The UK Biobank has created a brain imaging database to increase potential for early disease prediction. At present, researchers identify image-based markers of neurological and psychiatric disease early in the diagnostic process, largely for monitoring disease progression. Miller et al. (2016) explain that the next step is to identify predictive markers for preventative stratification or early therapeutic intervention.1 To do this, the UK Biobank is collecting imaging data for 100,000 predominantly healthy participants and intends to track health outcomes over the coming decades. In this paper, the investigators describe their findings from the first 5,000 participants.
The study draws on the UK Biobank’s existing cohort of 500,000 prospectively sourced participants. At the time of enrollment, participants consented to allow access to their full health records from the UK National Health Service. The current study aims to add an imaging extension of 100,000 participants from the existing cohort by 2022. Imaging includes MRI of the brain, heart and body; low-dose X-ray bone and joint scans; and ultrasound of the carotid arteries.
The key findings thus far suggest that there may be some challenges associated with population imaging. There are currently 2,501 distinct individual measures of brain structure and function, and image-derived phenotypes (IDPs) can include the volume of specific brain structures, the strength of connectivity between pairs of brain regions and estimated dispersion of fibers in white matter tracts. Thus, even with carefully prepared IDPs, meaningful interpretation requires care because MRI is generally an indirect measure of the biology of interest. Furthermore, because of the sheer volume of data being generated (more than 0.2 PB), the biobank requires “big data” techniques. Large data sets also generate statistically significant associations with low explanatory power.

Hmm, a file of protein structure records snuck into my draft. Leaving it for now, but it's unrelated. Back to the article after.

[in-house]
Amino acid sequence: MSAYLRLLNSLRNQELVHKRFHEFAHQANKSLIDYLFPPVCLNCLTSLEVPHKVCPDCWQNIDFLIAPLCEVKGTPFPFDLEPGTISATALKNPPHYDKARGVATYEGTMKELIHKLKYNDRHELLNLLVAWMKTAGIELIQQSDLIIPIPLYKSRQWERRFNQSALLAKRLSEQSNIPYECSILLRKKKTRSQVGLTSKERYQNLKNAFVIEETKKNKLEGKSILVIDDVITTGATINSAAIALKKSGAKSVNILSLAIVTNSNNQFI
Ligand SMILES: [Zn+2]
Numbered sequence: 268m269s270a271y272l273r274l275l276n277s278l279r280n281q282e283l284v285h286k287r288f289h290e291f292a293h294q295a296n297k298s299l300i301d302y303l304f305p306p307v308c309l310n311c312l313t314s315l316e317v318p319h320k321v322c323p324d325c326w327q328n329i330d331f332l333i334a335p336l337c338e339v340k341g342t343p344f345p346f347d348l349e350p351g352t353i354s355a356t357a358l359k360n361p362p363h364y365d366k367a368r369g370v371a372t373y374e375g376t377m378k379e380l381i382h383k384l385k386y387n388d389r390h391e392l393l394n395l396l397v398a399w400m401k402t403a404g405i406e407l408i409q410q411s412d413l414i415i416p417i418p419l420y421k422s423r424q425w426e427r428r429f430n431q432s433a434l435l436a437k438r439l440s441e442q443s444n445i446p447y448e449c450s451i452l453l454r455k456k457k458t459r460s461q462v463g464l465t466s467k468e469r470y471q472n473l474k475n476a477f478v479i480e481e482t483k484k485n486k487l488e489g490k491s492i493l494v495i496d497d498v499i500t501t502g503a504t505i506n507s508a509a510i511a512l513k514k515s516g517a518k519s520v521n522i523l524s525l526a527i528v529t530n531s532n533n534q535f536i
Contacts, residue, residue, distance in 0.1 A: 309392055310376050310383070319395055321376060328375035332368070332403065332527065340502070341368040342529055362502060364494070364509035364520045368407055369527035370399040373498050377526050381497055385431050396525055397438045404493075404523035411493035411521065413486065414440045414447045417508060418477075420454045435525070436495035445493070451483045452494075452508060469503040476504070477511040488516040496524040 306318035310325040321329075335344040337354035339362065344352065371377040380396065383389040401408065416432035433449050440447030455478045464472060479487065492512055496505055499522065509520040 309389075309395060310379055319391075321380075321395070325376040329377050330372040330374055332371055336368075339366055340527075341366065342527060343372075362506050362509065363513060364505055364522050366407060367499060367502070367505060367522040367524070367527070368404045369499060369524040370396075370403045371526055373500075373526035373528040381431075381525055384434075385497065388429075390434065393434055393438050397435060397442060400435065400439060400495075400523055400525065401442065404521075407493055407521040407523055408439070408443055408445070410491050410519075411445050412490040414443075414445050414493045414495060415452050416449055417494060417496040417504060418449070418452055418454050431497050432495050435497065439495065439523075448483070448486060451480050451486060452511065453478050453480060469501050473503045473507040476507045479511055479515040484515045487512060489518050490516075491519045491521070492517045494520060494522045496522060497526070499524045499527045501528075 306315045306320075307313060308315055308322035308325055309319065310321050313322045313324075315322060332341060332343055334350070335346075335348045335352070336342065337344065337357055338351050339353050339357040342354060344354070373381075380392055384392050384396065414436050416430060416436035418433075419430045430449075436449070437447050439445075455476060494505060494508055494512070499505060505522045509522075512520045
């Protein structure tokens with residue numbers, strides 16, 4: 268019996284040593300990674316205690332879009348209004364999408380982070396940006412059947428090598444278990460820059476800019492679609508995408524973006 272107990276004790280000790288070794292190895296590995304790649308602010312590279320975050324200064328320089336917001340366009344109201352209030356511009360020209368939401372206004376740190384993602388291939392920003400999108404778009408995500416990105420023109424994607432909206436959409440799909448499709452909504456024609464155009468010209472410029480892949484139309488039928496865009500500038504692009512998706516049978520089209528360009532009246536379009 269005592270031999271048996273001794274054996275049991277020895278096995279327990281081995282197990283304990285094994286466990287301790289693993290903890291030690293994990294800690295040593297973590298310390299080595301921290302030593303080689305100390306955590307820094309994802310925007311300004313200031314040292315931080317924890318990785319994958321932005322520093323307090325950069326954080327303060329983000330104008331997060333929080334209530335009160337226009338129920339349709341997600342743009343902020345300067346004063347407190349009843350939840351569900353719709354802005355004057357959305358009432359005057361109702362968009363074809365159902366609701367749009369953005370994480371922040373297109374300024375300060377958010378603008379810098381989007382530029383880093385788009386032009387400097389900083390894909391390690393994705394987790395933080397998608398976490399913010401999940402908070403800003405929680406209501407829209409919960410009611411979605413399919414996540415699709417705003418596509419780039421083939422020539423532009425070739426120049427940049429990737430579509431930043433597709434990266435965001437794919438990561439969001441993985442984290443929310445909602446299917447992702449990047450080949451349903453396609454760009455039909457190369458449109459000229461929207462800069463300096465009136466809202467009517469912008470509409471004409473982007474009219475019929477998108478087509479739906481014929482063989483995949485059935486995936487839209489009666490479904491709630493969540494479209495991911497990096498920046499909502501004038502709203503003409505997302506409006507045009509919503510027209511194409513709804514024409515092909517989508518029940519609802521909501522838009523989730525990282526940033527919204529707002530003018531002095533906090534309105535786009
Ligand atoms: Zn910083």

Miller et al. found that within the current UK Biobank cohort of 5,000, they reached significance at a correlation of r = 0.1. They argue that large, genome-wide association studies face similar challenges. However, interpretation of genetic variants can be as causal factors, whereas apparent associations across IDPs and non-imaging phenotypes could result from a shared latent cause. For example, they found this to be the case when they identified a strong apparent association between total white matter volume and fat-free body mass. After adjusting for sex, age and head size, they found that this association is largely driven by the average differences in body mass and head size between sexes.
Additionally, Miller et al. suggest that the UK Biobank prospective cohort will benefit greatly from the breadth of organ systems imaged. Furthermore, for some rare diseases with few established risk factors, their approach is uniquely suited to discovery of presymptomatic markers.
1. Miller, K.L., et al. (2016) “Multimodal population brain imaging in the UK Biobank prospective epidemiological study,” Nature Neuroscience, 19(11) (pp. 1523–1536), doi: 10.1038/nn.4393.